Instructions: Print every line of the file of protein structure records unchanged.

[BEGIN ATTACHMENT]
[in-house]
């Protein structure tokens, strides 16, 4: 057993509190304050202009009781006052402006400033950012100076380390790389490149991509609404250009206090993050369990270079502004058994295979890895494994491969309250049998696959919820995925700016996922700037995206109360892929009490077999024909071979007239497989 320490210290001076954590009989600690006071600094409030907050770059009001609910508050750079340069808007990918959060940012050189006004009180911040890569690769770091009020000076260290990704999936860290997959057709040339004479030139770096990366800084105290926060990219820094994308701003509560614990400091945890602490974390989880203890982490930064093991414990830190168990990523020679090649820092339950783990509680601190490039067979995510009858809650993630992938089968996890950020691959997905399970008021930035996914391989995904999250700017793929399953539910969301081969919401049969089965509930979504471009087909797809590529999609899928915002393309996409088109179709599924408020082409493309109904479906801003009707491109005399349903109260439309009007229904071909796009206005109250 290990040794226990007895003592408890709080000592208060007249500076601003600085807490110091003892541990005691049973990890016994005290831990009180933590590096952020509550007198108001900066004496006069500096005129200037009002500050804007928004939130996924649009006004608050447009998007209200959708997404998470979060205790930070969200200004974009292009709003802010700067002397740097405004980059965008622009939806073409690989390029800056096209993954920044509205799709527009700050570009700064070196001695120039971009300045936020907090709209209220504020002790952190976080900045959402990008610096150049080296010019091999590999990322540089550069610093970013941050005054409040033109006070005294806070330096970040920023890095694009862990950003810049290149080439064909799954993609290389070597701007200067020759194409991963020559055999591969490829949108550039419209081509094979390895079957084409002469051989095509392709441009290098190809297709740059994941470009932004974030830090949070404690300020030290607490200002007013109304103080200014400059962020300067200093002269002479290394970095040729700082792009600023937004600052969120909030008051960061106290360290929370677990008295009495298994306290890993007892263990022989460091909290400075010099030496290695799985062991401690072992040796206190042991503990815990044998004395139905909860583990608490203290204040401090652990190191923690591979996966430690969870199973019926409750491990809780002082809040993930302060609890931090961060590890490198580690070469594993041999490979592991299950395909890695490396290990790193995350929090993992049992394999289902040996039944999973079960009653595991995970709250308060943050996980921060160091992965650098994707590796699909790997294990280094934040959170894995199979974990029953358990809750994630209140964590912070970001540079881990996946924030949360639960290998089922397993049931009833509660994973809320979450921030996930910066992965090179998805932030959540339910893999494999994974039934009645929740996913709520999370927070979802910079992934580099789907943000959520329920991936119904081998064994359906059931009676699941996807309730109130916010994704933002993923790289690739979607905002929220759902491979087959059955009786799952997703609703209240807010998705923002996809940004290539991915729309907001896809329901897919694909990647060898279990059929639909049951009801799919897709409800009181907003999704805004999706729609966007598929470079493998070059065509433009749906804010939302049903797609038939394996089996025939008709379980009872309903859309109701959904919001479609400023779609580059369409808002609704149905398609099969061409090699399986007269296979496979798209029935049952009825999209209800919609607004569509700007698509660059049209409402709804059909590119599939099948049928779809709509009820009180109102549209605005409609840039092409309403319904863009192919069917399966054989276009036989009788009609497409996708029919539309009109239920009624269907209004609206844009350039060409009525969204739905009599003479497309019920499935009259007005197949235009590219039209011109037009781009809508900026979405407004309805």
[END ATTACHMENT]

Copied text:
[in-house]
């Protein structure tokens, strides 16, 4: 057993509190304050202009009781006052402006400033950012100076380390790389490149991509609404250009206090993050369990270079502004058994295979890895494994491969309250049998696959919820995925700016996922700037995206109360892929009490077999024909071979007239497989 320490210290001076954590009989600690006071600094409030907050770059009001609910508050750079340069808007990918959060940012050189006004009180911040890569690769770091009020000076260290990704999936860290997959057709040339004479030139770096990366800084105290926060990219820094994308701003509560614990400091945890602490974390989880203890982490930064093991414990830190168990990523020679090649820092339950783990509680601190490039067979995510009858809650993630992938089968996890950020691959997905399970008021930035996914391989995904999250700017793929399953539910969301081969919401049969089965509930979504471009087909797809590529999609899928915002393309996409088109179709599924408020082409493309109904479906801003009707491109005399349903109260439309009007229904071909796009206005109250 290990040794226990007895003592408890709080000592208060007249500076601003600085807490110091003892541990005691049973990890016994005290831990009180933590590096952020509550007198108001900066004496006069500096005129200037009002500050804007928004939130996924649009006004608050447009998007209200959708997404998470979060205790930070969200200004974009292009709003802010700067002397740097405004980059965008622009939806073409690989390029800056096209993954920044509205799709527009700050570009700064070196001695120039971009300045936020907090709209209220504020002790952190976080900045959402990008610096150049080296010019091999590999990322540089550069610093970013941050005054409040033109006070005294806070330096970040920023890095694009862990950003810049290149080439064909799954993609290389070597701007200067020759194409991963020559055999591969490829949108550039419209081509094979390895079957084409002469051989095509392709441009290098190809297709740059994941470009932004974030830090949070404690300020030290607490200002007013109304103080200014400059962020300067200093002269002479290394970095040729700082792009600023937004600052969120909030008051960061106290360290929370677990008295009495298994306290890993007892263990022989460091909290400075010099030496290695799985062991401690072992040796206190042991503990815990044998004395139905909860583990608490203290204040401090652990190191923690591979996966430690969870199973019926409750491990809780002082809040993930302060609890931090961060590890490198580690070469594993041999490979592991299950395909890695490396290990790193995350929090993992049992394999289902040996039944999973079960009653595991995970709250308060943050996980921060160091992965650098994707590796699909790997294990280094934040959170894995199979974990029953358990809750994630209140964590912070970001540079881990996946924030949360639960290998089922397993049931009833509660994973809320979450921030996930910066992965090179998805932030959540339910893999494999994974039934009645929740996913709520999370927070979802910079992934580099789907943000959520329920991936119904081998064994359906059931009676699941996807309730109130916010994704933002993923790289690739979607905002929220759902491979087959059955009786799952997703609703209240807010998705923002996809940004290539991915729309907001896809329901897919694909990647060898279990059929639909049951009801799919897709409800009181907003999704805004999706729609966007598929470079493998070059065509433009749906804010939302049903797609038939394996089996025939008709379980009872309903859309109701959904919001479609400023779609580059369409808002609704149905398609099969061409090699399986007269296979496979798209029935049952009825999209209800919609607004569509700007698509660059049209409402709804059909590119599939099948049928779809709509009820009180109102549209605005409609840039092409309403319904863009192919069917399966054989276009036989009788009609497409996708029919539309009109239920009624269907209004609206844009350039060409009525969204739905009599003479497309019920499935009259007005197949235009590219039209011109037009781009809508900026979405407004309805």